The tasks of running a department may overburden a manager especially when it comes to dealing with employees and accommodating their varied perspectives and expectations. It becomes almost unbearable for managers when employees start to question the status quo and the manner through which the affairs of the organization are conducted as clearly demonstrated in the case.
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While it is the function of departmental managers and line supervisors to encourage open dialogue and effective communication of grievances and recommendations by employees (Fina, 2009), many organizations have put in place frameworks through which this can be achieved without compromising effectiveness, performance and productivity.
The case demonstrates a classical scenario of an employee who seems to ‘know-it-all’ regarding the way the health institution should be run, basing his knowledge largely on theoretical principles accrued by enrolling in a community college that offers management courses. Management theorists take cognizance of the fact that open communication encourages creativity and innovation, vital ingredients that must be incorporated in an organization’s strategies aimed at achieving better outcomes (Fina, 2009).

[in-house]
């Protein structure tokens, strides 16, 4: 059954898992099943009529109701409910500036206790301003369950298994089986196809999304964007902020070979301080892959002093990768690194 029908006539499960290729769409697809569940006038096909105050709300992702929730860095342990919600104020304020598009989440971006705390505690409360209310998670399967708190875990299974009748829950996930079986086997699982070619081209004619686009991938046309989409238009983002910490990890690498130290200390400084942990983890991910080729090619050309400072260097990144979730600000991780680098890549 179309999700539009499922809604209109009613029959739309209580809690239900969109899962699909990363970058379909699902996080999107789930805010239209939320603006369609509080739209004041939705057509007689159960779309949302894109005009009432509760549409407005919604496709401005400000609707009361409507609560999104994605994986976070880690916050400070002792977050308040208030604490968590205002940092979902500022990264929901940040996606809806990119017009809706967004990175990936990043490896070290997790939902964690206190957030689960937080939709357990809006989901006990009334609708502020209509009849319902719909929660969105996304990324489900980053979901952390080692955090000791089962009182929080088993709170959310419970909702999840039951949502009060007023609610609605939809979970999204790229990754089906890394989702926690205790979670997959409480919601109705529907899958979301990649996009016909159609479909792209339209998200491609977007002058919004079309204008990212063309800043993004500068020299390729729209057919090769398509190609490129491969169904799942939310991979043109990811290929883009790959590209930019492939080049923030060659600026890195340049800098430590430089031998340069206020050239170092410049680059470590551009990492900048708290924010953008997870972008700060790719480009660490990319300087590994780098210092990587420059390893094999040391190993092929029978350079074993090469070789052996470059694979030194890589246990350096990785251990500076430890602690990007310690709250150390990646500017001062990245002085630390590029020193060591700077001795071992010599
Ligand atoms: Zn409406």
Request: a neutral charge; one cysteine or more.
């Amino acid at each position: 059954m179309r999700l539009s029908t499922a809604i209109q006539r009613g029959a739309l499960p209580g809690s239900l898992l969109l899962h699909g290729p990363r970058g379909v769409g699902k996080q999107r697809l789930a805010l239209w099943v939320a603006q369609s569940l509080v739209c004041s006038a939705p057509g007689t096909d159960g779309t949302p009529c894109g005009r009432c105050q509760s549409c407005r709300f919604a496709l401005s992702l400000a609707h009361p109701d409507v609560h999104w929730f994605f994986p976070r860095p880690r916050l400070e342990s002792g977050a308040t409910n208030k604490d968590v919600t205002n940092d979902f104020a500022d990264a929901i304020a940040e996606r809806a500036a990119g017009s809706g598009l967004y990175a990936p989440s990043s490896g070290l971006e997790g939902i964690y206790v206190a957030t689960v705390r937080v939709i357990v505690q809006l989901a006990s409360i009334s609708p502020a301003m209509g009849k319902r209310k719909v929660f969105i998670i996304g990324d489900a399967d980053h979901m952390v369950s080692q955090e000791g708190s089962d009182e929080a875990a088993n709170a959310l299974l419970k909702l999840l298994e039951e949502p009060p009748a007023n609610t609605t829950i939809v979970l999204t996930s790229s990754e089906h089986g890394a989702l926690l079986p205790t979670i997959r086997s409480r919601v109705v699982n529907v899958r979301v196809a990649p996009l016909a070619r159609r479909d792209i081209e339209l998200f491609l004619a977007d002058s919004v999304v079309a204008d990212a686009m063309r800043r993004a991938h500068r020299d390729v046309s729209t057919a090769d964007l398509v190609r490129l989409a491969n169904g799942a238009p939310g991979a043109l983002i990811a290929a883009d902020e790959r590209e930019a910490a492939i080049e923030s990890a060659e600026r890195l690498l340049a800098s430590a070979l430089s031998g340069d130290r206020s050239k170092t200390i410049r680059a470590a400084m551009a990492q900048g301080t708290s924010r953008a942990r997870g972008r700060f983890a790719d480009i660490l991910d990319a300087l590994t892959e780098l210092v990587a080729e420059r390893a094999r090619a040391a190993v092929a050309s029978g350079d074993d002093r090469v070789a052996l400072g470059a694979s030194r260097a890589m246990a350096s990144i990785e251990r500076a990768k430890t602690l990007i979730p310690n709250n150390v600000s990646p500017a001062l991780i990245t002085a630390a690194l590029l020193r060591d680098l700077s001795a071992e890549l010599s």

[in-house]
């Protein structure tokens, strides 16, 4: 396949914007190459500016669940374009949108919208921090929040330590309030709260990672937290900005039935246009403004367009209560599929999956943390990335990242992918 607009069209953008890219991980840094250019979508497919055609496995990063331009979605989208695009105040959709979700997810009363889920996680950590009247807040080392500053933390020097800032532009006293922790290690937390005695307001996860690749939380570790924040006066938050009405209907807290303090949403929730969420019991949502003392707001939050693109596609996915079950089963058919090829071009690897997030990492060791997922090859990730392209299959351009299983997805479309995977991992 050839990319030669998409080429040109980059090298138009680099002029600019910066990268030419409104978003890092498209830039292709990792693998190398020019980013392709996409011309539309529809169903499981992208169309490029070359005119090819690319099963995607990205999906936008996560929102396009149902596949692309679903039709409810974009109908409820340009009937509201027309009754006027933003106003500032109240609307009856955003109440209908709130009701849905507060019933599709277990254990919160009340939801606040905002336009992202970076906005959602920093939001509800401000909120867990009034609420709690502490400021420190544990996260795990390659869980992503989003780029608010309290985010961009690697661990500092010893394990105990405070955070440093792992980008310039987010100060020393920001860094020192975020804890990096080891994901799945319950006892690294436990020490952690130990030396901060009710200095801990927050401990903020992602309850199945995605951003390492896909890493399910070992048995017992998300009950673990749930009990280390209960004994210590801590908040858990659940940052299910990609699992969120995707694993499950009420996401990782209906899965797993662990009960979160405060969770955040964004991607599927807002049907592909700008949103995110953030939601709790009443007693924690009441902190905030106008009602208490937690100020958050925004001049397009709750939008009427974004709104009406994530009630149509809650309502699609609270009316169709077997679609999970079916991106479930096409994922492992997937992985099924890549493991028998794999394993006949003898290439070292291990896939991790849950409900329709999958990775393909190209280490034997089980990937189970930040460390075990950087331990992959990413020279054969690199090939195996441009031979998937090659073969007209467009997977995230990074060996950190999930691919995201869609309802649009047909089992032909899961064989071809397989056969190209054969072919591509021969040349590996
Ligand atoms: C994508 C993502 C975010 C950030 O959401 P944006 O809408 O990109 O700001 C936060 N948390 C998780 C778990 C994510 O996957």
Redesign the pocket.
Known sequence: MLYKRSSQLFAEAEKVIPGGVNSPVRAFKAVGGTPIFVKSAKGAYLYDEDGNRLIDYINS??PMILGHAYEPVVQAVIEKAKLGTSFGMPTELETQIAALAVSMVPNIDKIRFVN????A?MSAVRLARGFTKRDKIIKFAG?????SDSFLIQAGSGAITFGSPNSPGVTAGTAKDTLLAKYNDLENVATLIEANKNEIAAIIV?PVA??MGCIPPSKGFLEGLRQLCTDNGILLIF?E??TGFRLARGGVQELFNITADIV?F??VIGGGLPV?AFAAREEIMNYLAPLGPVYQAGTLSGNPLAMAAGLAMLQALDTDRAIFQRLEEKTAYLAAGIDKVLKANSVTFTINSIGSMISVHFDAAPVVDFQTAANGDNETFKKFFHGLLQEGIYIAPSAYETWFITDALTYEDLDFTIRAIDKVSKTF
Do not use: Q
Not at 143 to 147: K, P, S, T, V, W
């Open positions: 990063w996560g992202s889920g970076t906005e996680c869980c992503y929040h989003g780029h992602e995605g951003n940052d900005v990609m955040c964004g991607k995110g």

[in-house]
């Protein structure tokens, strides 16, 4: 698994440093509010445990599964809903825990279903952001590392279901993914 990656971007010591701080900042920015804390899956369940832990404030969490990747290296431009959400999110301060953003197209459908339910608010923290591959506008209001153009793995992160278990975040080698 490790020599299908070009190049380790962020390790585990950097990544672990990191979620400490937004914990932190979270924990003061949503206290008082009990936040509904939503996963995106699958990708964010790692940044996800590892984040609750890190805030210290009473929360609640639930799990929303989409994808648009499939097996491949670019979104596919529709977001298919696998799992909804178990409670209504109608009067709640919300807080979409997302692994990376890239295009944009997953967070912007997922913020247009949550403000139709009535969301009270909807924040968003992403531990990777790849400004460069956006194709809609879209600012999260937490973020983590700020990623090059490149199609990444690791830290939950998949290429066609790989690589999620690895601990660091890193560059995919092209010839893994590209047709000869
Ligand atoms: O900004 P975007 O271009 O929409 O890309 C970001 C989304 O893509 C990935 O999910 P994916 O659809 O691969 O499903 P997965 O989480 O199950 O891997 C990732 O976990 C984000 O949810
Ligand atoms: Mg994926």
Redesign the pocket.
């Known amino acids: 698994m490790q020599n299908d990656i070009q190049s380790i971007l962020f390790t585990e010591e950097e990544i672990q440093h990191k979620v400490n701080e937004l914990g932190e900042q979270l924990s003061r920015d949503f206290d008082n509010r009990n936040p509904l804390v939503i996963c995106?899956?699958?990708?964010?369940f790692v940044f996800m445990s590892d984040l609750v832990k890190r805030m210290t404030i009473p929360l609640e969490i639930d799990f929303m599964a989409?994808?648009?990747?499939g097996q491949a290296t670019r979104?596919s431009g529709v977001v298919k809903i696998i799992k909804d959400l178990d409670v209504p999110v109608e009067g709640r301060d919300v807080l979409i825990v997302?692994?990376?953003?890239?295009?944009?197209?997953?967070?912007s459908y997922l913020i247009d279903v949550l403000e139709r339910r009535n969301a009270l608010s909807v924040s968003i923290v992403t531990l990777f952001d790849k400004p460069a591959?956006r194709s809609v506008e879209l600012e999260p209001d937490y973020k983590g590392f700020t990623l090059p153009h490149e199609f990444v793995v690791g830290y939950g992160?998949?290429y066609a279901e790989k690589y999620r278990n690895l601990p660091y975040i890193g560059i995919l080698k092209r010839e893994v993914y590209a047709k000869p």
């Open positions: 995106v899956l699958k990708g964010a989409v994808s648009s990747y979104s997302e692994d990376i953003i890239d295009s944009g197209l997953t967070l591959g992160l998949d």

As such, it is important for managers to encourage their employees to offer recommendations and constructive criticisms on areas they feel needs to be modified. However, there are established structures to go about it, and it should be the function of the concerned managers to conduct proper orientation and training on new employees so that they may have adequate knowledge on how to channel their grievances and recommendations using the right mediums (Scott, 2007).
Second, managers such as Glen Jones should utilize employee orientation and training to encourage behavior or attitude modification among employees with vested interests on how the organization is run.